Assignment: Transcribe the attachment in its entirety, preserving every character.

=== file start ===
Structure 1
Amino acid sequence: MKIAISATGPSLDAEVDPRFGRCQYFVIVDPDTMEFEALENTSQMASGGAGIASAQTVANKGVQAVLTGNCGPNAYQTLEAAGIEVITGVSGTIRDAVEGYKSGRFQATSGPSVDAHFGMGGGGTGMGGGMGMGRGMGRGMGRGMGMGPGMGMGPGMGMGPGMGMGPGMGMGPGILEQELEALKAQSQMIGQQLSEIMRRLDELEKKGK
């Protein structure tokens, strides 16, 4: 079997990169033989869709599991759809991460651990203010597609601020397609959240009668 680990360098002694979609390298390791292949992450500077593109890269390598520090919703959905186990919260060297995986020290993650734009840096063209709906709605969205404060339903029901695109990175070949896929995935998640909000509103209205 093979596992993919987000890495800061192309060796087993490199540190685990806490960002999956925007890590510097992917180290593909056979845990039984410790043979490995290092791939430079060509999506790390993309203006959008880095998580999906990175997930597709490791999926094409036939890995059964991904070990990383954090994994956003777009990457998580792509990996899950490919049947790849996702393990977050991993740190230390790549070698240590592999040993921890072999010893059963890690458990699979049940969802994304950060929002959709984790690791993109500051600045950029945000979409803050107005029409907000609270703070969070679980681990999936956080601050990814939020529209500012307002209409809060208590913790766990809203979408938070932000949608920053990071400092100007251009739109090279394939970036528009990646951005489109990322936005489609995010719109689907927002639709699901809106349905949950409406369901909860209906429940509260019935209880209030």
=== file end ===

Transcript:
Structure 1
Amino acid sequence: MKIAISATGPSLDAEVDPRFGRCQYFVIVDPDTMEFEALENTSQMASGGAGIASAQTVANKGVQAVLTGNCGPNAYQTLEAAGIEVITGVSGTIRDAVEGYKSGRFQATSGPSVDAHFGMGGGGTGMGGGMGMGRGMGRGMGRGMGMGPGMGMGPGMGMGPGMGMGPGMGMGPGILEQELEALKAQSQMIGQQLSEIMRRLDELEKKGK
């Protein structure tokens, strides 16, 4: 079997990169033989869709599991759809991460651990203010597609601020397609959240009668 680990360098002694979609390298390791292949992450500077593109890269390598520090919703959905186990919260060297995986020290993650734009840096063209709906709605969205404060339903029901695109990175070949896929995935998640909000509103209205 093979596992993919987000890495800061192309060796087993490199540190685990806490960002999956925007890590510097992917180290593909056979845990039984410790043979490995290092791939430079060509999506790390993309203006959008880095998580999906990175997930597709490791999926094409036939890995059964991904070990990383954090994994956003777009990457998580792509990996899950490919049947790849996702393990977050991993740190230390790549070698240590592999040993921890072999010893059963890690458990699979049940969802994304950060929002959709984790690791993109500051600045950029945000979409803050107005029409907000609270703070969070679980681990999936956080601050990814939020529209500012307002209409809060208590913790766990809203979408938070932000949608920053990071400092100007251009739109090279394939970036528009990646951005489109990322936005489609995010719109689907927002639709699901809106349905949950409406369901909860209906429940509260019935209880209030």